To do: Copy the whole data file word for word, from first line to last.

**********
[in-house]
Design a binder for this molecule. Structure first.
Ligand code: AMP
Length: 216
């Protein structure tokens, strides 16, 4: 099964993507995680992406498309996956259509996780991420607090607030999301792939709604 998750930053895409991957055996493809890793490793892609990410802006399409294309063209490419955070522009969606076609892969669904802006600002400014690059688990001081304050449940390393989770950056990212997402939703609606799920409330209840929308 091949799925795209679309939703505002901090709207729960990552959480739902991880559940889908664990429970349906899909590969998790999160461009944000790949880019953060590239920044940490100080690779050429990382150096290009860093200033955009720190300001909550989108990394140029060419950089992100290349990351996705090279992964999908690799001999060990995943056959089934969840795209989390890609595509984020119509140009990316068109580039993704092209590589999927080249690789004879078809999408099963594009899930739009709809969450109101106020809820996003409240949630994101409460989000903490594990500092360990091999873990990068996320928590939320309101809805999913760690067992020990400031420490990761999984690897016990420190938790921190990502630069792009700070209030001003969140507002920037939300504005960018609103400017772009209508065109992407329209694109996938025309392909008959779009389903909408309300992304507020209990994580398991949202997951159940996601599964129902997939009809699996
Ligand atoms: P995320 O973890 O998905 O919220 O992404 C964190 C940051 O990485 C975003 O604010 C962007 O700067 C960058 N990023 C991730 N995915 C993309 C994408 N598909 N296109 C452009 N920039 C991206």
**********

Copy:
[in-house]
Design a binder for this molecule. Structure first.
Ligand code: AMP
Length: 216
């Protein structure tokens, strides 16, 4: 099964993507995680992406498309996956259509996780991420607090607030999301792939709604 998750930053895409991957055996493809890793490793892609990410802006399409294309063209490419955070522009969606076609892969669904802006600002400014690059688990001081304050449940390393989770950056990212997402939703609606799920409330209840929308 091949799925795209679309939703505002901090709207729960990552959480739902991880559940889908664990429970349906899909590969998790999160461009944000790949880019953060590239920044940490100080690779050429990382150096290009860093200033955009720190300001909550989108990394140029060419950089992100290349990351996705090279992964999908690799001999060990995943056959089934969840795209989390890609595509984020119509140009990316068109580039993704092209590589999927080249690789004879078809999408099963594009899930739009709809969450109101106020809820996003409240949630994101409460989000903490594990500092360990091999873990990068996320928590939320309101809805999913760690067992020990400031420490990761999984690897016990420190938790921190990502630069792009700070209030001003969140507002920037939300504005960018609103400017772009209508065109992407329209694109996938025309392909008959779009389903909408309300992304507020209990994580398991949202997951159940996601599964129902997939009809699996
Ligand atoms: P995320 O973890 O998905 O919220 O992404 C964190 C940051 O990485 C975003 O604010 C962007 O700067 C960058 N990023 C991730 N995915 C993309 C994408 N598909 N296109 C452009 N920039 C991206």